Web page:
NOW that diabetes, obesity and tooth decay are costing the NHS more than the effects of smoking, isn’t it time to declare outright war on sugar? Research suggests that even commercial baby foods contain only sweet-tasting fruit and vegetables and may be encouraging an aversion in children to all that is not sweet (“Tots put off greens by sweet baby food”, The Yorkshire Post, August 31).
Sadly, many parents empathise with children who can’t wait for their dessert. How often do you see spurned salad or vegetables on adults’ plates left at a restaurant?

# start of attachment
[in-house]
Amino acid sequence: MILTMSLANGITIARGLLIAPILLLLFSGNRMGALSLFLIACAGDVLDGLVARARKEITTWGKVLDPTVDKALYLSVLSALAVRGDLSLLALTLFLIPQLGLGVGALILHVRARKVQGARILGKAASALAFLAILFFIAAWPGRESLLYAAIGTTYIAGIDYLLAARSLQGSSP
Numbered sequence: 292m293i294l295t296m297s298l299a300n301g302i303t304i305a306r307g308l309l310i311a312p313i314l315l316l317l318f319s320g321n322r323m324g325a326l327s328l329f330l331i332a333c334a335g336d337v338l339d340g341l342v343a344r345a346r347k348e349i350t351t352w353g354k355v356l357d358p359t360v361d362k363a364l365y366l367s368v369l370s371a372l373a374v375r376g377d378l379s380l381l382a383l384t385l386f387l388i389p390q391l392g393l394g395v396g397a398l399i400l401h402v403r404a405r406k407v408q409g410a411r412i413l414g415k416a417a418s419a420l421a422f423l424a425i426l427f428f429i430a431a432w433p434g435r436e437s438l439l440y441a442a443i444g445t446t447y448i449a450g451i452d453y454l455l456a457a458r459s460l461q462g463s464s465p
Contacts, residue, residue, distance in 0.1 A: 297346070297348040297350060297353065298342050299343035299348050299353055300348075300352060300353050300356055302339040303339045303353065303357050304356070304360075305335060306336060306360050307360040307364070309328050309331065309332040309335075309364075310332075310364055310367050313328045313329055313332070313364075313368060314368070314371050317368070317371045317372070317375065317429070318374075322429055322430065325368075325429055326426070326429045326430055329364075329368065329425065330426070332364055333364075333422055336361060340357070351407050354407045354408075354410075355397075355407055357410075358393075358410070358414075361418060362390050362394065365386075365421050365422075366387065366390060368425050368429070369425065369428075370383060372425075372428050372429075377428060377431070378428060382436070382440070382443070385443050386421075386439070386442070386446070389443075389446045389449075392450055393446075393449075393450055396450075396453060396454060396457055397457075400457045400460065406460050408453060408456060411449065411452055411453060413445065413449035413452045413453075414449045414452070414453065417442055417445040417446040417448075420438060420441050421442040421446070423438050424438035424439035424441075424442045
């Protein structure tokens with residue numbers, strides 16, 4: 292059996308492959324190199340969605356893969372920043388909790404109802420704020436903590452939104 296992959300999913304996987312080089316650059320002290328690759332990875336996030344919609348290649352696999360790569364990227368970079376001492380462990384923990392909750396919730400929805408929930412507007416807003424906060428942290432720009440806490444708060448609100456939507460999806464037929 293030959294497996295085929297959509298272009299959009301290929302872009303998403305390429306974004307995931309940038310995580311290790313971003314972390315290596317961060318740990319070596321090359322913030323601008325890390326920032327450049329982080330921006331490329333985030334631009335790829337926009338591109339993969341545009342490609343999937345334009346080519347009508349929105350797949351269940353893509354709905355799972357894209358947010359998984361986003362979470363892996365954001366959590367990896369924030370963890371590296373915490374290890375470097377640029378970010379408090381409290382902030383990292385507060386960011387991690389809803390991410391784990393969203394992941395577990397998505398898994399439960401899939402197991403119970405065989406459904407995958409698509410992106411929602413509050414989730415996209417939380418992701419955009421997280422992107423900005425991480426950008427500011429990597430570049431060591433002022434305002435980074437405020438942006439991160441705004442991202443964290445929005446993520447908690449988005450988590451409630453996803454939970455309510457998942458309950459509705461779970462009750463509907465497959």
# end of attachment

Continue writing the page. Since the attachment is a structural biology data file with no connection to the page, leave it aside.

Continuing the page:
At best some parents bribe their kids with goodies to make them eat at least some of their main course. This sends the message that green vegetables and lean meat (which can be delicious) are a penance to be endured before the enjoyment of the “best bit”. Chefs and so-called weight-watching experts shirk the issue by counselling that sweet foods and drinks should be regarded as a “treats” instead of the menace they really are. Sugar is the most overrated of nutrients. There is more than enough of it in our staple diet already to fulfil our needs.
The sort of horribly graphic publicity which was part of the anti-smoking campaign could now be aimed at sugar.